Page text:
📖 Related Read: Xochimilco is often used synonymously with the Floating Gardens. However, there’s so much more to do in this Mexican town beyond the chinampas. Check out Xochimilco Travel Guide for other epic things to do.

Getting to Xochimilco from Mexico City

Author on one of the best Xochimilco tours

Getting to Xochimilco from Mexico City is fairly simple.

You can take Treno Ligero or the light rail train from Tasquena metro station straight to Xochimilco. The ride takes about 40 minutes.

Alternatively, you can take a taxi or an Uber.

Upon arrival, you can hire a “trajinera” for a leisurely ride through the canals. Trajineras cost about 600 pesos for a one-hour ride. If you want a longer ride, you can negotiate the rates a bit.

Recommended Guided Tours

To make the most out of your day, I recommend taking this guided tour that combines Xochimilco & Frida Kahlo Museum and includes transportation from Mexico City and a boat ride.

Guided tours are a convenient way to explore Xochimilco without the hassle of navigating public transportation or bargaining with boatmen.

Afternoon – Frida Kahlo Museum

Casa Azul - Frida Kahlo Museum in Coyoacan

The Frida Kahlo Museum, also known as the Blue House, is an important historic landmark in Mexico City.

It’s the birthplace of the globally renowned Mexican artist, Frida Kahlo. This is also where she spent her formative and later years.

At the museum, you can explore a collection of Kahlo’s works, including some of her most famous paintings and personal artifacts. This includes her painting tools, vibrant costumes, and personal belongings that narrate her life story.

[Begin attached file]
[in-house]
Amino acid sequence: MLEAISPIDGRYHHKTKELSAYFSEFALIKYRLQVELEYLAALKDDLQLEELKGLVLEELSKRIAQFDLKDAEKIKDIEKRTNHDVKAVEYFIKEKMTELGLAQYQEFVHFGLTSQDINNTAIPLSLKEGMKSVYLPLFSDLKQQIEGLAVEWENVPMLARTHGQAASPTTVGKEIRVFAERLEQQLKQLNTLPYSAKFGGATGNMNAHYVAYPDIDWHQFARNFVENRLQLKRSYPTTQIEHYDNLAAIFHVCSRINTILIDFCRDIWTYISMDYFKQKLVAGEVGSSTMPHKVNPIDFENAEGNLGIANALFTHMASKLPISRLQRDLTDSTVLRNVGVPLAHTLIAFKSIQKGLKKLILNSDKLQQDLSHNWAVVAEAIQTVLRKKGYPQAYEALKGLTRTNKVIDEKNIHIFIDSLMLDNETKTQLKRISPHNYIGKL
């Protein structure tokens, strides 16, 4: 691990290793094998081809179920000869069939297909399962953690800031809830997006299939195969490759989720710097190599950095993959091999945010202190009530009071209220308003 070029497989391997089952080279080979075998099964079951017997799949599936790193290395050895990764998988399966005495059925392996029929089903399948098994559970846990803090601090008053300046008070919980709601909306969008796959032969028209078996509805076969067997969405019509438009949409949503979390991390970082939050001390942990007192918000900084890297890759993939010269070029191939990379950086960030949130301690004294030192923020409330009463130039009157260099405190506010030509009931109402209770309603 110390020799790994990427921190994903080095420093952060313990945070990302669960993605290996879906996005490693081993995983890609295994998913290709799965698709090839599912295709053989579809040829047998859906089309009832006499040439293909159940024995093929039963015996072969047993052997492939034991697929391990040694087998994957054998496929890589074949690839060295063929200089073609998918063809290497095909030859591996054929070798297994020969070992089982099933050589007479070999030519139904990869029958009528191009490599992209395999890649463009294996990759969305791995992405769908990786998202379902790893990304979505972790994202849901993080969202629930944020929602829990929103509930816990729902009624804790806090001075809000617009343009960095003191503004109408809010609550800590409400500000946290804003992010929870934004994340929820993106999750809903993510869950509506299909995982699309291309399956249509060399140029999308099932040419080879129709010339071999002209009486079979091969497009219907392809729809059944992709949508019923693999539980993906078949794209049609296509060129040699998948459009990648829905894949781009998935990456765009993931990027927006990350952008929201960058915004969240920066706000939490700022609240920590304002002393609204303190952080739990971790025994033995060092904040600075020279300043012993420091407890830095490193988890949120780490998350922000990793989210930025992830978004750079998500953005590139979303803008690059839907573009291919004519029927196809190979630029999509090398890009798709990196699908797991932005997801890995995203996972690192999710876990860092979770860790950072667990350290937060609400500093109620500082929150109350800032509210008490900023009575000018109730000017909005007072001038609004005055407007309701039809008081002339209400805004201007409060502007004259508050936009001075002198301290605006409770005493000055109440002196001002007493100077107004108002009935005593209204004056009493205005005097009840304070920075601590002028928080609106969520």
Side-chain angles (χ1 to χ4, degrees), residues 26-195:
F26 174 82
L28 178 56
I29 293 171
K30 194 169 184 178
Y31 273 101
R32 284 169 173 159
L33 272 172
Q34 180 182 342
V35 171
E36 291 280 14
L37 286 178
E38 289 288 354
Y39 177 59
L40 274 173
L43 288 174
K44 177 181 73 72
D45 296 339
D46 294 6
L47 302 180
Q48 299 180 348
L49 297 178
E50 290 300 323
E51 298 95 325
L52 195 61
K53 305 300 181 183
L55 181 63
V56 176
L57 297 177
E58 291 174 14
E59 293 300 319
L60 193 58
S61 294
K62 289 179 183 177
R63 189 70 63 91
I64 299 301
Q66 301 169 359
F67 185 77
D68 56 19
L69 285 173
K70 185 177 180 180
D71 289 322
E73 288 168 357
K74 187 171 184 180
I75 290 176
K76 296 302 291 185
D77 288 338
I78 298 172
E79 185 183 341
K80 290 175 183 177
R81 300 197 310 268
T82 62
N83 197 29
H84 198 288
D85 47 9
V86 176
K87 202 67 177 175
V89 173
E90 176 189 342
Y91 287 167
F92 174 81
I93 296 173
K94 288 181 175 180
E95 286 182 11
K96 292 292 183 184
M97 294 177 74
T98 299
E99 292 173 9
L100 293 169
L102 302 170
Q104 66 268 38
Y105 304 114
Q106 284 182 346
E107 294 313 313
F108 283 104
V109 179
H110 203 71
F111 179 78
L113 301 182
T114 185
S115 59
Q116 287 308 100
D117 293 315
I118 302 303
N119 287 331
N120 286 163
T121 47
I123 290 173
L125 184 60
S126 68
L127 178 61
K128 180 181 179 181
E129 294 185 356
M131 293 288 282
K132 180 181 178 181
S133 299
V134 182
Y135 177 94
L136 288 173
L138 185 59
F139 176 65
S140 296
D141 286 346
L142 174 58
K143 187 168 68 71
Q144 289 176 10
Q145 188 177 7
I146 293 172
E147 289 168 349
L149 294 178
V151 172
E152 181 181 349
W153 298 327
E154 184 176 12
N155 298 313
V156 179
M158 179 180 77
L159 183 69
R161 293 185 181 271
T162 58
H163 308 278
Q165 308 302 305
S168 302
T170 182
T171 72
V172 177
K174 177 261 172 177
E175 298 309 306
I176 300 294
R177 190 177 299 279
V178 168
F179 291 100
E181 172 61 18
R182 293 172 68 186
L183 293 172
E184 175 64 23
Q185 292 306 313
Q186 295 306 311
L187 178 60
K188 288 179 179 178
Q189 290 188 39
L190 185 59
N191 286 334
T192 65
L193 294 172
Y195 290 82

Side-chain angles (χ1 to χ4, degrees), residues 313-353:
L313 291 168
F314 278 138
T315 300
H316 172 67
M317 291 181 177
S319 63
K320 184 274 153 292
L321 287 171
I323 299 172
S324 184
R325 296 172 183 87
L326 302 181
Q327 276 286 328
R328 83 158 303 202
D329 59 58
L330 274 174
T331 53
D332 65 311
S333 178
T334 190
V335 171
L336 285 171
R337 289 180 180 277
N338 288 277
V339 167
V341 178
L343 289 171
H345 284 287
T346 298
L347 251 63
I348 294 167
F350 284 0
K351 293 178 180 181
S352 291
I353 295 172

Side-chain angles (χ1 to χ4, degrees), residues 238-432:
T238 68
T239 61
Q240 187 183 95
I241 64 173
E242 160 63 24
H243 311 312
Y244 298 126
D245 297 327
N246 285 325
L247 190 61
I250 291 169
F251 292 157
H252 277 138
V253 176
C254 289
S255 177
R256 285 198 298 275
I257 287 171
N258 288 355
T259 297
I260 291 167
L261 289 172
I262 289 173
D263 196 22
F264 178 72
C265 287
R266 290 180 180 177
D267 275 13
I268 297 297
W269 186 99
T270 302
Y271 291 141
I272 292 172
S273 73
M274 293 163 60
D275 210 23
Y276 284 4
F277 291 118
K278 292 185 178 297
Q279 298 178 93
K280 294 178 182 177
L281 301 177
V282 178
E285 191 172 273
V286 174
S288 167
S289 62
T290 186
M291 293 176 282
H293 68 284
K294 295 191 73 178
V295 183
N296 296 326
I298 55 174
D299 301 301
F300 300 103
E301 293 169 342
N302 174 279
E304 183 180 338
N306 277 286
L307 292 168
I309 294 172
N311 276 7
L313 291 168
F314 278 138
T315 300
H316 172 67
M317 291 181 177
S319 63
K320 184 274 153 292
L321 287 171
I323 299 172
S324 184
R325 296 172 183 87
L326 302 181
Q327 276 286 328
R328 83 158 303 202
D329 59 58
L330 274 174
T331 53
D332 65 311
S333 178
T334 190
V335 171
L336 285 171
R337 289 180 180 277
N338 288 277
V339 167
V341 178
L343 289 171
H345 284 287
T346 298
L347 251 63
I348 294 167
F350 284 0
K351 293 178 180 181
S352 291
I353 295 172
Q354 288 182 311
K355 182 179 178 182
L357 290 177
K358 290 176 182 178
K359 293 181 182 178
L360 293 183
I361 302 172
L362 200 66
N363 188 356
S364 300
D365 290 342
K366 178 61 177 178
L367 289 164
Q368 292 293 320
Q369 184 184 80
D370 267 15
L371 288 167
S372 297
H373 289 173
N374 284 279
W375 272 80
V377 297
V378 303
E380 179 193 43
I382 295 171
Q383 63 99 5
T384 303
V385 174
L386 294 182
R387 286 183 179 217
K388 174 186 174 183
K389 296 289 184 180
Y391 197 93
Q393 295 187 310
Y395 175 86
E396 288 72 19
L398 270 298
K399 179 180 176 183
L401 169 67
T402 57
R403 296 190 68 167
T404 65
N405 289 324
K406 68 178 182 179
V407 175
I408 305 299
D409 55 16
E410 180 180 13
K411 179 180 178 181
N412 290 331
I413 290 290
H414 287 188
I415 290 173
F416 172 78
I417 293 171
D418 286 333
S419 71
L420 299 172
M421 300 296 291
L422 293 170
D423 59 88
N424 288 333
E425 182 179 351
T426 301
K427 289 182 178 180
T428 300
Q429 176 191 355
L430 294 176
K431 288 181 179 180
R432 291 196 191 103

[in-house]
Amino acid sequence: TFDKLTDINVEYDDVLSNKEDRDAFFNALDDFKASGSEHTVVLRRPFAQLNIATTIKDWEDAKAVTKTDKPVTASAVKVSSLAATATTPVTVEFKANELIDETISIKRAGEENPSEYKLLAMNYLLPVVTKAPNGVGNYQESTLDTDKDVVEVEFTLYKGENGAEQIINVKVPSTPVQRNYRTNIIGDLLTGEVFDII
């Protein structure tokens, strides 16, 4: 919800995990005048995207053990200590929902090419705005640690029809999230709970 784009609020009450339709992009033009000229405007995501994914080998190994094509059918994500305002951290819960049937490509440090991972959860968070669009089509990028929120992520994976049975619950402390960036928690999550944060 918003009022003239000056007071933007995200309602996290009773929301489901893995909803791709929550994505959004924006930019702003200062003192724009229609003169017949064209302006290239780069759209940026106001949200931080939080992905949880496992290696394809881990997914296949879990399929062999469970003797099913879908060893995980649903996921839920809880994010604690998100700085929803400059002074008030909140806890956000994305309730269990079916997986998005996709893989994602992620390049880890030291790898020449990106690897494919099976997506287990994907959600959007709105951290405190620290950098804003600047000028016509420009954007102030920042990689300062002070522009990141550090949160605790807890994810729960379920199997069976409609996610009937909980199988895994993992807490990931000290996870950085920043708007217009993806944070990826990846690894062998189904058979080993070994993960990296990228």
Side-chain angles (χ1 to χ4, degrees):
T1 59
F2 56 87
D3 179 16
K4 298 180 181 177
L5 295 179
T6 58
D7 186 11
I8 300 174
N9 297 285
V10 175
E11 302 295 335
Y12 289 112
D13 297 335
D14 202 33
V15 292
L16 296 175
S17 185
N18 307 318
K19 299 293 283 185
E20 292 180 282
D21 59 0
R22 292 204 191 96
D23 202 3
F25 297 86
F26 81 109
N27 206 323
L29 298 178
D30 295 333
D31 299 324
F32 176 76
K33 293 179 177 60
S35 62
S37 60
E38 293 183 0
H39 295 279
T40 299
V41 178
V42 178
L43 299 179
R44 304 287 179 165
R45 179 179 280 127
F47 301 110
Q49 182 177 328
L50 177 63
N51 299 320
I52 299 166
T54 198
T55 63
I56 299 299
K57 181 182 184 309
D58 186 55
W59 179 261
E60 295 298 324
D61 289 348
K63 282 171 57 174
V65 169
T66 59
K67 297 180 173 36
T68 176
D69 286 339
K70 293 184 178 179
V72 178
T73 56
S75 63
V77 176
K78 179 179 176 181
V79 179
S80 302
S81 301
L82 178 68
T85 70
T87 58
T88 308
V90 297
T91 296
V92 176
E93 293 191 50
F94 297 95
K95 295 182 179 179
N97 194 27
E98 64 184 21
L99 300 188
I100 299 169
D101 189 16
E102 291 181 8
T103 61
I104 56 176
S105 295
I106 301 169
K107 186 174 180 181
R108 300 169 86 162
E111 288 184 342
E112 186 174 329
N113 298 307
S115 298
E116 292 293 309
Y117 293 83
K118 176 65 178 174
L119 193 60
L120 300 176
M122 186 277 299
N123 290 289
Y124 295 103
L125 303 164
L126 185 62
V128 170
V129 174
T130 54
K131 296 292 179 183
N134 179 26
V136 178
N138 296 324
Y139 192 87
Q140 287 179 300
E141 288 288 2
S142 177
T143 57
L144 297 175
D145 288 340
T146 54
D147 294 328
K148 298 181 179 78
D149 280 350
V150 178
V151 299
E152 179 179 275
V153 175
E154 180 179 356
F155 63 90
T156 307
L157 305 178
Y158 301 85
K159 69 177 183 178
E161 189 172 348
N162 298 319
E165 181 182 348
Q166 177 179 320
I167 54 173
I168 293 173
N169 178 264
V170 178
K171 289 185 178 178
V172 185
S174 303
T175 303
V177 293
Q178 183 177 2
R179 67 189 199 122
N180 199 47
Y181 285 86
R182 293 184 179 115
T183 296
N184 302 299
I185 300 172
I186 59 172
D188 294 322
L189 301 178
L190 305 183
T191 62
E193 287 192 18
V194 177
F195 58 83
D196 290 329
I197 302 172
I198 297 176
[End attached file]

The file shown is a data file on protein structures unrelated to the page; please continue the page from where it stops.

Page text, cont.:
The exhibits portray her love for Mexico and its culture, her tumultuous relationship with Diego Rivera, and her unwavering strength in face of physical and emotional pain.

Author at Casa Azul - getting tickets to Frida Kahlo Museum before visiting is important

The beautiful gardens surrounding the Blue House display Frida’s love for natural beauty and serve as a calm oasis in the midst of bustling Mexico City.

Tickets to Frida Kahlo Museum sell out pretty fast. Be sure to reserve them online on their official website here unless they are already booked through your guided tour.

Pro Tip: In case tickets get sold out, you still have chances to get them through a couple of other reliable 3rd party marketplaces. I did the same. Find out how to do that if Frida Kahlo tickets get sold out.

Evening – Coyoacan Neighborhood

Fuente de los Coyotes is one of Coyocan's best attractions

Once done with your Casa Azul visit, explore the vibrant neighborhood of Coyoacan.

Coyoacan is famous for its bohemian atmosphere and brightly colored colonial architecture.

Begin your evening with a visit to the bustling main plaza where you can enjoy local performances. Spend some time at the Fountain of the Coyotes.

View the stunning Parroquia San Juan Bautista, or just sit and soak in the lively atmosphere.

Be sure to visit the Mercado de Coyoacan, a local market where you can pick up traditional Mexican crafts, clothing, and tasty street food.

Be sure to try Coyoacan’s churros rellenos, a stuffed variant of churros, that are absolutely divine. The best place to have them is Churreria General de la Republica.

📖 Related Read: For more enjoyable things to do, refer to our detailed Coyoacan Travel Guide.

Recommended Guided Tours for Mexico City Day 2

Both Xochimilco and the neighborhood of Coyoacan where Frida Kahlo Museum is located are situated on the southern fringes of Mexico City.

Therefore, it is easy to combine them into a single day trip.

Guided tours like this one do a pretty good job of managing the logistics and time at attractions.

Day 2 in Mexico City Option 2: Chapultepec & National Anthropology Museum

Morning – Chapultepec Park & Castle

Author at Chapultepec Park

If you love both nature and history, then Bosque de Chapultepec, or the Chapultepec Park, is a must-have on your two days itinerary for Mexico City.

This massive urban park is one of the largest in the Western Hemisphere, almost twice the size of Central Park in NYC.

It is almost like a verdant oasis in the heart of the huge Mexican Capital.